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takeaway according to many participants was a table showing that the ability to support various classic targeting options changes (or disappears) at lower force levels. The analyses were not discussed in detail; instead, Maj Sorice presented a rather detailed assessment of force postures by numerous metrics across the uncertainty space (because of concerns about classification, there were no numbers given). Participants believed his presentation offered a framework for thinking about deterrence. They noted that there were no analytic inputs (i.e., no weights associated with items), but it appeared to be a pretty complete framework for analyzing deterrence approaches. A participant observed that Maj Sorice showed how to link policy/strategy to outcomes; again, sound analysis was provided by two different staffs (USSTRATCOM and A9). The A9 organization is expecting to drive forward in fleshing out and applying the analytic framework it presented. On Scenario-Based Analytic Tools Gen Elder described complex modeling that is state of the art, but at least one participant questioned how it can be validated, asking, “What are the criteria for selecting subject-matter experts?” Gen Elder described an analytic framework that he developed, but at least one participant had difficulty understanding the details of its use and could not assess the value of the approach. He noted that models and integrated ensembles of models for generating insights are already available, such as Pythia, Construct, and the framework developed by the Concepts and Analysis of Nuclear Strategy study. A participant's view was that these models generally have uncertain validity and stop short of supporting decisions, except by providing possibly useful (but possibly misleading) insights into connections among variables. More expressive models and better validation are probably essential for closing the gap between insight and well-supported decisions. Ms. Russell described interesting analytic tools, including Narrative Pattern Analyzer (NPA) and Influence Net Modeling (iNET/SIAM™), which show the power of new methods. A workshop participant believed, however, that it was unclear how they would be readily adapted to nuclear deterrence. Another workshop participant believed that the more useful one of the two for the purposes of this workshop appeared to be SIAM™. It provides a Bayesian framework for improving estimates with incoming information and appears capable of being employed for deterrence work with modest effort. Another participant suggested that software such as iNET and Palantir make it practical to track patterns in space and time. NPA and similar software may provide valuable clues about emerging patterns and potential threats, including shifting attitudes toward use of nuclear weapons. On Threat Anticipation and Intelligence Analysis Although one participant did not see any takeaways from the panel on threat anticipation and intelligence analysis, a few observations were offered. Dr. Wagner sees strategic forces as a training base for the United States to maintain knowledge and skills until— perhaps decades from now—there is again a need for "real" nuclear forces. Dr. Wagner believes we are in a strategic pause and need to be ready with appropriate analysis and analytic 32

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tools when we come out of this period. Another participant noted that Dr. Wagner did present an additional framework, the most interesting part of which was identification of a matrix that breaks up deterrence situations into four elements—negotiated monitoring/not versus treaty verification/threat. Mr. Hamon’s experience could be very valuable in developing a tool taxonomy in the future. Another participant believed there are limitations of the estimative process (manage expectations—it gets back to understanding intentions). That participant also noted that a Defense Science Board study of nuclear monitoring is expected to be available soon, and many nuclear-related studies sponsored by the DTRA’s Advanced Systems and Concepts Office were done over a decade or so. INSIGHTS FOR A FOLLOW-ON STUDY During both workshop sessions, but especially the second, workshop participants offered many insights regarding the content of a possible follow-on study. The dialog focused on an illustrative TOR that could form a framework for such a study. Several versions of this TOR were discussed and modified during the workshop, taking into account a wide range of individual views of the participants. The notional TOR in Box 5-2 reflects comments from various participants and could serve as a starting point for decisions by the Air Force and National Academies regarding a follow-on study. During discussion of the TOR, two other suggestions offered by workshop participants were (1) for the longer-term study, why could it not look at simulation scenarios and games to see what tools might work, and (2) the study could begin with a presentation of the security environment by using a geographical schema to present conditions in applicable areas of interest; deterrence matters should be considered region by region as well as in a strategic sense. 33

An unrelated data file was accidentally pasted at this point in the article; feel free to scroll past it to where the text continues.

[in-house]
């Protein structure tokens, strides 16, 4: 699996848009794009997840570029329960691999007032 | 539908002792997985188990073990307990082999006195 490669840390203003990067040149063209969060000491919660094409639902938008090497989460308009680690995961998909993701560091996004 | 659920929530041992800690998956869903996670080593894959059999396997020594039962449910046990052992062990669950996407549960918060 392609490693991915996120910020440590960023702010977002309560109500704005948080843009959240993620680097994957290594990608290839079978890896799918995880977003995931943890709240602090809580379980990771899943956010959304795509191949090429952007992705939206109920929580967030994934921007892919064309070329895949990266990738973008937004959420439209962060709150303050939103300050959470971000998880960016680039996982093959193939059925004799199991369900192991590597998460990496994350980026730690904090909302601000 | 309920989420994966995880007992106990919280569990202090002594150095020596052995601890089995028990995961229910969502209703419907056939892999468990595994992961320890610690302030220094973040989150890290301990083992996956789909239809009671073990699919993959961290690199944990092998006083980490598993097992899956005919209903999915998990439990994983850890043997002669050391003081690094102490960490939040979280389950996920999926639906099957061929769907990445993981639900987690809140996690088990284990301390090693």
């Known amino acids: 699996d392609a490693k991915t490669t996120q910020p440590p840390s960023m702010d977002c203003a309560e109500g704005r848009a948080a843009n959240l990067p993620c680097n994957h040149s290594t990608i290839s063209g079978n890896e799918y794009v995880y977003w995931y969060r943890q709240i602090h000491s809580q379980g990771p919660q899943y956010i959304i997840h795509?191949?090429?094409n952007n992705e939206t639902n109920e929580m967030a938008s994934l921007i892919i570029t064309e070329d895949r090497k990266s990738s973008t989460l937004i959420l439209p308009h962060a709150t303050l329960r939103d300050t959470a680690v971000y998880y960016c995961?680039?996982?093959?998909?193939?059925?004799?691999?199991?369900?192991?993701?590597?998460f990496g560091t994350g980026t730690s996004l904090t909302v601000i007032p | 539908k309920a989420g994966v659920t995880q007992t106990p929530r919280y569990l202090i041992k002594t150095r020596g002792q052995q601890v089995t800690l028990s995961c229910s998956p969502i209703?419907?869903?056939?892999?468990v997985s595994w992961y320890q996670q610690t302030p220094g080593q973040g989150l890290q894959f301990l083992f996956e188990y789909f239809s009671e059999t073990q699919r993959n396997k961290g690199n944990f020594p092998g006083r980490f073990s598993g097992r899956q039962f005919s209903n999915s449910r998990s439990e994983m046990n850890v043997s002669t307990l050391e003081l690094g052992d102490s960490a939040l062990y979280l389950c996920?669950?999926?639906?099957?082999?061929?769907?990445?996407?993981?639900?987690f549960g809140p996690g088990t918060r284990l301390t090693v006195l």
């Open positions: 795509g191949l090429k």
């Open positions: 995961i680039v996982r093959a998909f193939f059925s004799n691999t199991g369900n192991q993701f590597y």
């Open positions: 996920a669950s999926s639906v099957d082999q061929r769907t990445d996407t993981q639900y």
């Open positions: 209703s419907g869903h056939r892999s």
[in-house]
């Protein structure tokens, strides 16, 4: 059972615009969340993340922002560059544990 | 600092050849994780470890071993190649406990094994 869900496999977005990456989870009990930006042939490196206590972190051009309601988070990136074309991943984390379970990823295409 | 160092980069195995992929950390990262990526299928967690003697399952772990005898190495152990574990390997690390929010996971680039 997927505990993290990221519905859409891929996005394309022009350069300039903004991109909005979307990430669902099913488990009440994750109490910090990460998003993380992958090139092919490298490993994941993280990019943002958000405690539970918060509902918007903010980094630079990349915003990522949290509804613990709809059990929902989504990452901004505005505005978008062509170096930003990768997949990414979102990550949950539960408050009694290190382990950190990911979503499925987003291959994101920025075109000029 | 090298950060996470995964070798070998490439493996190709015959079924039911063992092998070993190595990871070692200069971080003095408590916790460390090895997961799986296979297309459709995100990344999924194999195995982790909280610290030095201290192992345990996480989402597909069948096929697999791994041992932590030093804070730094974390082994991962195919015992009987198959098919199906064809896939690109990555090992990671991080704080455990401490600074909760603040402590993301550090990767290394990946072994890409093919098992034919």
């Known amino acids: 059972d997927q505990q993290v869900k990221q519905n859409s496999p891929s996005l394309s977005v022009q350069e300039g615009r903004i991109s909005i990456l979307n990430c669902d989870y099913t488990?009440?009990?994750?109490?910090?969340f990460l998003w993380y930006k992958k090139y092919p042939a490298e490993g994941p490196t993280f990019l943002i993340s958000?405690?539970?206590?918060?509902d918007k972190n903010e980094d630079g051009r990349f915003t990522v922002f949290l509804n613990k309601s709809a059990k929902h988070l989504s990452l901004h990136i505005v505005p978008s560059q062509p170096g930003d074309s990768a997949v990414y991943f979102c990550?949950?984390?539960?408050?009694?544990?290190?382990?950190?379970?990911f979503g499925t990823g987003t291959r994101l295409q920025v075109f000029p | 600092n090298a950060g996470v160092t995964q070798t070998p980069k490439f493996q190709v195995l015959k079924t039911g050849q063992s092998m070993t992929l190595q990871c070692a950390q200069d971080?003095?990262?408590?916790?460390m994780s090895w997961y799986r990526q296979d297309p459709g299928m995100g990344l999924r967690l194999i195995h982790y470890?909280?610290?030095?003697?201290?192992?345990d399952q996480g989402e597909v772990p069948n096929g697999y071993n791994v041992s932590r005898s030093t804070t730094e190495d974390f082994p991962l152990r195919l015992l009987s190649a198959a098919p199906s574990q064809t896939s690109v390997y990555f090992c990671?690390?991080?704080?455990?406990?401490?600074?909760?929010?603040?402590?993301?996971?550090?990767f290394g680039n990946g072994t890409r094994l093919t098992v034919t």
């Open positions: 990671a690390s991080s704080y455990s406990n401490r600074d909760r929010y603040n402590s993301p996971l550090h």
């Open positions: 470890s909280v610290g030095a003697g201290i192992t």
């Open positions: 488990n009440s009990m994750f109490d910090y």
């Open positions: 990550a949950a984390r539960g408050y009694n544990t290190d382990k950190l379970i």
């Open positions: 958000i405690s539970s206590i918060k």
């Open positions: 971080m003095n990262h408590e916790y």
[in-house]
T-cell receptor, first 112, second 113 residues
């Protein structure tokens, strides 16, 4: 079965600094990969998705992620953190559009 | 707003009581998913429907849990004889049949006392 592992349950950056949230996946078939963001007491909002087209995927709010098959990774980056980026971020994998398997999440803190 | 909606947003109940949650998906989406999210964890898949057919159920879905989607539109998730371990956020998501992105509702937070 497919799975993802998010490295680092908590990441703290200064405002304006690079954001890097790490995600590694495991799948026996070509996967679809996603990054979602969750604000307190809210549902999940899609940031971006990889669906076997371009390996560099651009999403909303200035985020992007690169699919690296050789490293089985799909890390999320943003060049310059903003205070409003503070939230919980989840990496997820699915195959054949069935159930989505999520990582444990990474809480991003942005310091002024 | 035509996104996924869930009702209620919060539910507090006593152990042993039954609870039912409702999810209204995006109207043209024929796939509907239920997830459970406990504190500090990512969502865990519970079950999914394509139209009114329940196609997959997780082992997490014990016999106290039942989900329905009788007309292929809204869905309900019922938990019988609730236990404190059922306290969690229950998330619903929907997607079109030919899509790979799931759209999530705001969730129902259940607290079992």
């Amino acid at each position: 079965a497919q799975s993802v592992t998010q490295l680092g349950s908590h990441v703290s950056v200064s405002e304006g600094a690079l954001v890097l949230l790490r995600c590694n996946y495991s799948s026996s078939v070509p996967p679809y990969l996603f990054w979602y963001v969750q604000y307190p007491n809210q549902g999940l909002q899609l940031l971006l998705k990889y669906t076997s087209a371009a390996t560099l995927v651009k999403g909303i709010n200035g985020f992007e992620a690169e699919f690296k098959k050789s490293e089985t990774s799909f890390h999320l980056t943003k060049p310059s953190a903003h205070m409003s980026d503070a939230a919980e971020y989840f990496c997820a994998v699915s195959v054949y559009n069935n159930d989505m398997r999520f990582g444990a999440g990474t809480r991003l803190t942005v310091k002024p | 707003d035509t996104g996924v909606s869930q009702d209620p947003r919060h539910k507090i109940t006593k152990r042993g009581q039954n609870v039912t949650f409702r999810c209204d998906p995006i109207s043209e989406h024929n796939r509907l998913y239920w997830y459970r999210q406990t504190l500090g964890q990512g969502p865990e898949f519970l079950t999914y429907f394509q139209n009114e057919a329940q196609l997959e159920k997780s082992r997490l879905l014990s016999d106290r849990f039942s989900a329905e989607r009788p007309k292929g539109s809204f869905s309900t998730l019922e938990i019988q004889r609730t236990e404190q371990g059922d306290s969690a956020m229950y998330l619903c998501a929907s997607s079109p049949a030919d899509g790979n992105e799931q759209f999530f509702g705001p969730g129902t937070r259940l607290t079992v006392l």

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BOX 5-2 Notional Terms of Reference for a Follow-on Study As identified during the workshop, possible items in the terms of reference for a follow-on study by an ad hoc committee were as follows: 1. Identify the broad issues and factors that must be considered in seeking nuclear deterrence in the 21st century. Describe a program of analysis to address those issues and support planning, resourcing and managing U.S. nuclear deterrence in the 21st century. 2. Identify the major components of the analysis and the relationships among them to serve as a basis for the identification, development and use of necessary tools and methods. 3. Evaluate and recommend tools, methods, including behavioral science-based methods, and approaches for improving the understanding of how nuclear deterrence works in the 21st century, how it might fail, and how failure might be averted by the proper choice of capabilities, postures, and concepts of operation of American nuclear forces. 4. Recommend a way ahead for evolving and adapting methods and approaches in a coherent, systematic approach. This will include identifying what questions need to be addressed, and assessing what questions each tool, method, or approach is most and least valuable for this purpose. 5. Recommend how these methods and approaches can be drawn upon as a package, or used to inform each other. It is likely that any tool, method, or approach will have strengths and weaknesses. 6. Recommend criteria and a framework for validating the tools, methods, and approaches and for identifying which classes of tools, methods, and approaches are the most promising. 7. Recommend a balance of resourcing across the classes in today’s austere financial climate and that can be reserved for future resourcing when and if it becomes available. ________________________________ NOTE: While the workshop committee did engage in much discussion between the two workshop sessions on what could constitute the basis for the TOR of a follow-on study, the TOR reflects a much broader discussion that occurred at both workshop sessions among the many participants. 34